After almost two years of modern-day “pen pal” communication via Skype, a number of Keuka College education majors finally met – in person – the Slovakian high school students they previously saw on the computer screen.
This group Field Period included education majors, taught by Dr. Denise Love and Dr. Klaudia Lorinczova, both assistant professors of education, and other Keuka students, including several visual and verbal art majors taught by Melissa Newcomb, assistant professor of art. The Keuka Field Period is a required annual internship or exploratory study of 140 hours.
Seventeen students, two faculty members and two parent chaperones traveled overseas in early June to visit the cities of Prague, Nitra, Bratislava and Vienna. Over 11 days, Newcomb directed students in photographic study of architecture and culture while Lorinczova led an exploration of Slovakian education and other unique social, political and cultural traditions of her home country and its European neighbors. Students had already gone through weeks of “pre-teaching” in advance of the trip, learning from Lorinczova a number of cultural anomalies to expect and reviewing a manual on basic digital photography with Newcomb, as well as gaining a basic understanding of architectural styles such as Baroque, Gothic or Rococo.
A last-minute foot injury kept Love confined at home, but ultimately, she was able to coordinate from the couch, helping the two professors “on the ground” navigate unexpected challenges almost as soon as they cropped up. The first biggie: severe flooding in many portions of Prague – the first stop on the trip –shortly after the group arrived. Love offered advice and assistance with the travel agency as the group moved around Prague and then on to other cities, and communicated with Newcomb and Lorinczova via daily Skype sessions.
All three professors recommended “an anchor” back home, given the benefits gleaned in this experience. The three professors had previously structured the trip to include student reflections in words and images, utilizing online blogs as electronic journals. The blogs proved a saving grace for worried parents back home who heard news reports of the flooding much earlier than the students themselves. And while students did post a few photos of flooded streets and commentary on dealing with nonstop rains, images of cathedrals, statues, gardens, public squares, restaurants and cafes far outnumbered them.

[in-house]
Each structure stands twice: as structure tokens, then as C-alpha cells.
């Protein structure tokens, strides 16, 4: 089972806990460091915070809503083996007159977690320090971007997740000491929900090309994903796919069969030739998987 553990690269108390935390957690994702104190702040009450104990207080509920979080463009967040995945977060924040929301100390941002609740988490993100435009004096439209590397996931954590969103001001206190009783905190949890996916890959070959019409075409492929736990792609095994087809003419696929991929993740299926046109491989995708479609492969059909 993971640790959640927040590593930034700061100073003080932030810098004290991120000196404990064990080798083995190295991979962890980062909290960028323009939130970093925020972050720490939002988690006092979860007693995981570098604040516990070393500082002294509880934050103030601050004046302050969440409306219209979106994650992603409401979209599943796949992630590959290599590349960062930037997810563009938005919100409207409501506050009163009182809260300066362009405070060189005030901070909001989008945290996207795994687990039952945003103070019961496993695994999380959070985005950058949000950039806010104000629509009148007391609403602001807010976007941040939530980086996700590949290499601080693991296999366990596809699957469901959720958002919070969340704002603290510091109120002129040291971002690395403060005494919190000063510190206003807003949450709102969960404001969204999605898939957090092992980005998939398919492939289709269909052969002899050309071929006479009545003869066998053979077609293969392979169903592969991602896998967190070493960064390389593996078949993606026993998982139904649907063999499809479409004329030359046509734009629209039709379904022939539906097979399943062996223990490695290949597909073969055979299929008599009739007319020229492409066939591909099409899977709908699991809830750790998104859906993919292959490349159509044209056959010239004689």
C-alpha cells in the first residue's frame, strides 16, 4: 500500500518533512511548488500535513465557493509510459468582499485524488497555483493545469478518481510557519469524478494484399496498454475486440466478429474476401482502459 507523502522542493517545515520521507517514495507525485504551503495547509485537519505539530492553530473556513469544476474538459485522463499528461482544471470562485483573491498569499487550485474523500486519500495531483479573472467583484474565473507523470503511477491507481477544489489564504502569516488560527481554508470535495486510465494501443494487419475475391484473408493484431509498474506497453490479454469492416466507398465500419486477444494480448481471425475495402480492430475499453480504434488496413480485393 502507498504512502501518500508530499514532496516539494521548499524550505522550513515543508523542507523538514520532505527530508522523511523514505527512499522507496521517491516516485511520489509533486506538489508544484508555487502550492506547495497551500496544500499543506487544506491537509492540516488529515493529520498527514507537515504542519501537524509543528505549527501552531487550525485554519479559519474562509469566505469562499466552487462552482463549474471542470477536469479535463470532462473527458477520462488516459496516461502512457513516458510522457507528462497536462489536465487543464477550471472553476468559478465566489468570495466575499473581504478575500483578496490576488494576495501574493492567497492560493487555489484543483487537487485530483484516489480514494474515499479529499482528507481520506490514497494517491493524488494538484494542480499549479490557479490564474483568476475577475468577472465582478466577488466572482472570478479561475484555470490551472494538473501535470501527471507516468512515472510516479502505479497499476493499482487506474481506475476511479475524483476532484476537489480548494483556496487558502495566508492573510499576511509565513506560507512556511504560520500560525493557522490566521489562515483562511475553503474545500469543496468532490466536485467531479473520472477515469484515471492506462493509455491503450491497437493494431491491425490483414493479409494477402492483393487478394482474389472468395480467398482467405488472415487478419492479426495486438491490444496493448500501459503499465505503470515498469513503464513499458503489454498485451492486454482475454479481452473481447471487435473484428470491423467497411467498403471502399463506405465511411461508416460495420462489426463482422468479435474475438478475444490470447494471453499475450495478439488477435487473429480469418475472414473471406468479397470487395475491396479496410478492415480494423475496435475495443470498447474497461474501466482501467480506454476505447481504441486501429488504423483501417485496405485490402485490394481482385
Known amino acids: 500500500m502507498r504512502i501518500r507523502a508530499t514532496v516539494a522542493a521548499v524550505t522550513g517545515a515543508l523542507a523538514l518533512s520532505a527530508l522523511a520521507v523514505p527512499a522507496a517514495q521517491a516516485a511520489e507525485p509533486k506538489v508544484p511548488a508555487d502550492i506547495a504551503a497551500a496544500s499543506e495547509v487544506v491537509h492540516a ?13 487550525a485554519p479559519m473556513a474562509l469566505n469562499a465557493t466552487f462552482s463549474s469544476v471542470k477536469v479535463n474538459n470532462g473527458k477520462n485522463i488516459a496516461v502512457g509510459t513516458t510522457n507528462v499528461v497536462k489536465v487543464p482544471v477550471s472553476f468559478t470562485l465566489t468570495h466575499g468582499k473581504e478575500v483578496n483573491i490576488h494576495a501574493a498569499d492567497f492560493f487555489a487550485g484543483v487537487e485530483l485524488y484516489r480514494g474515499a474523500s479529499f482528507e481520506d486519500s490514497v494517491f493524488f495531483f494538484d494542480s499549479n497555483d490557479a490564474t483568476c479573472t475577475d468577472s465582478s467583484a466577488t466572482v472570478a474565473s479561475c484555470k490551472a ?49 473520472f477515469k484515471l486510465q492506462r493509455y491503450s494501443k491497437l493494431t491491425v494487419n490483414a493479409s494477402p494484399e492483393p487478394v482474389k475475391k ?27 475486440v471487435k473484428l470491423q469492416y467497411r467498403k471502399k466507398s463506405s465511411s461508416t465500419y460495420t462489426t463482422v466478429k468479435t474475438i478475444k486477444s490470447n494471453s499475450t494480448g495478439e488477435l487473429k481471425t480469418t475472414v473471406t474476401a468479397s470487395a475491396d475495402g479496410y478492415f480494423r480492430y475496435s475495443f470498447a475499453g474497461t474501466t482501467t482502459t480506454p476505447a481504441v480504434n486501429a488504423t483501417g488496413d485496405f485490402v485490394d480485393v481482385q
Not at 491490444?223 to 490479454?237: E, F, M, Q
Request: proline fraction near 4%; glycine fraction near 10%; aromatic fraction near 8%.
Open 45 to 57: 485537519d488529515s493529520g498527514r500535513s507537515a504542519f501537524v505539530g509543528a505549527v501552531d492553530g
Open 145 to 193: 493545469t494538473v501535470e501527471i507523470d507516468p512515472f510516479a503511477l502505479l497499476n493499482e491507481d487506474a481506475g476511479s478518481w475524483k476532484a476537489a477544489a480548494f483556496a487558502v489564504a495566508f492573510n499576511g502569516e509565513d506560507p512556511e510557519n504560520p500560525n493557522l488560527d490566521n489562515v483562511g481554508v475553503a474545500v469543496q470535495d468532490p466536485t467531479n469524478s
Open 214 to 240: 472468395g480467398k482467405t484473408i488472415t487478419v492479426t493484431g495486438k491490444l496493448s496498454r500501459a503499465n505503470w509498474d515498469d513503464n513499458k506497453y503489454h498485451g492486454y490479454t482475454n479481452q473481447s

In the words of Sarah Hillman ‘13, a final, rainy day in Prague was salvaged with a spur-of-the-moment museum tour, where the whole group saw “paintings, sculptures, and other works from Alfons Mucha and Salvador Dali. They were great!” (more…)
Just like the many wines sampled, senior marketing major Jennifer O’Donnell got a taste of France itself on an independent tour of the country during January.
O’Donnell conducted her final Field Period—the 140-hour real-world investment Keuka students make in career, world and life exploration – overseas and visited spots such as the World War II battlefield cemeteries at Normandy, the Louvre art museum, Versailles, the Eiffel Tower, Notre Dame Cathedral, and the Mediterranean Sea in Cannes.
Hosted by her great-uncle, who holds triple citizenship in America, France and Ireland and his wife, a French native, O’Donnell said her goal was simply to experience the country, especially its food and wine, during her time there. At the suggestion of her faculty adviser, she also observed how the French market and sell their wines.
While O’Donnell’s relatives did not take her on tours of French wineries, each day they would visit a different café for lunch and try a different wine with the meal, she said. The 21-year-old was introduced to a sparkling red wine, Lambrusco, as well as a specialty wine, Kir, to which flavored syrups can be added, such as blackberry or cassis.
The country also has a strong tradition in the culinary arts.
And while the French eat lots of fish, pasta and chicken, O’Donnell said she noticed that “they’re very health-conscious and there are almost no fried foods at all. I had some fries, but they had no salt on them—they tasted very plain. It is just very different [cuisine].” (more…)